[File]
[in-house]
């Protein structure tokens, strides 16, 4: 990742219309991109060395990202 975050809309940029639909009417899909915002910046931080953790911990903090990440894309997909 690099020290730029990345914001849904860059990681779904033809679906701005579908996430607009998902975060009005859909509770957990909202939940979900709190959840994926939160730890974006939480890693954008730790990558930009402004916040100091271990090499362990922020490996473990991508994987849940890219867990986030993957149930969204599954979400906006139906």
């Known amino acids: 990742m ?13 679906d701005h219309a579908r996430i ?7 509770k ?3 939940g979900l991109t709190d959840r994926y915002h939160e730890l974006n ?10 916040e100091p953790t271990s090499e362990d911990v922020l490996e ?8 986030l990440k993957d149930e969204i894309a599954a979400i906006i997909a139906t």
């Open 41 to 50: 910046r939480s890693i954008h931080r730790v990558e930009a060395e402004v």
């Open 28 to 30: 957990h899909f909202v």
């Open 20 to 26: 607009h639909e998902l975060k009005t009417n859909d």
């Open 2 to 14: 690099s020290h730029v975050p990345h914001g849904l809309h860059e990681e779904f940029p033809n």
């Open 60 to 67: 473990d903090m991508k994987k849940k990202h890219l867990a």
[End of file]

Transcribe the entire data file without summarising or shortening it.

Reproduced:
[in-house]
């Protein structure tokens, strides 16, 4: 990742219309991109060395990202 975050809309940029639909009417899909915002910046931080953790911990903090990440894309997909 690099020290730029990345914001849904860059990681779904033809679906701005579908996430607009998902975060009005859909509770957990909202939940979900709190959840994926939160730890974006939480890693954008730790990558930009402004916040100091271990090499362990922020490996473990991508994987849940890219867990986030993957149930969204599954979400906006139906």
């Known amino acids: 990742m ?13 679906d701005h219309a579908r996430i ?7 509770k ?3 939940g979900l991109t709190d959840r994926y915002h939160e730890l974006n ?10 916040e100091p953790t271990s090499e362990d911990v922020l490996e ?8 986030l990440k993957d149930e969204i894309a599954a979400i906006i997909a139906t």
């Open 41 to 50: 910046r939480s890693i954008h931080r730790v990558e930009a060395e402004v």
């Open 28 to 30: 957990h899909f909202v």
């Open 20 to 26: 607009h639909e998902l975060k009005t009417n859909d």
């Open 2 to 14: 690099s020290h730029v975050p990345h914001g849904l809309h860059e990681e779904f940029p033809n």
């Open 60 to 67: 473990d903090m991508k994987k849940k990202h890219l867990a």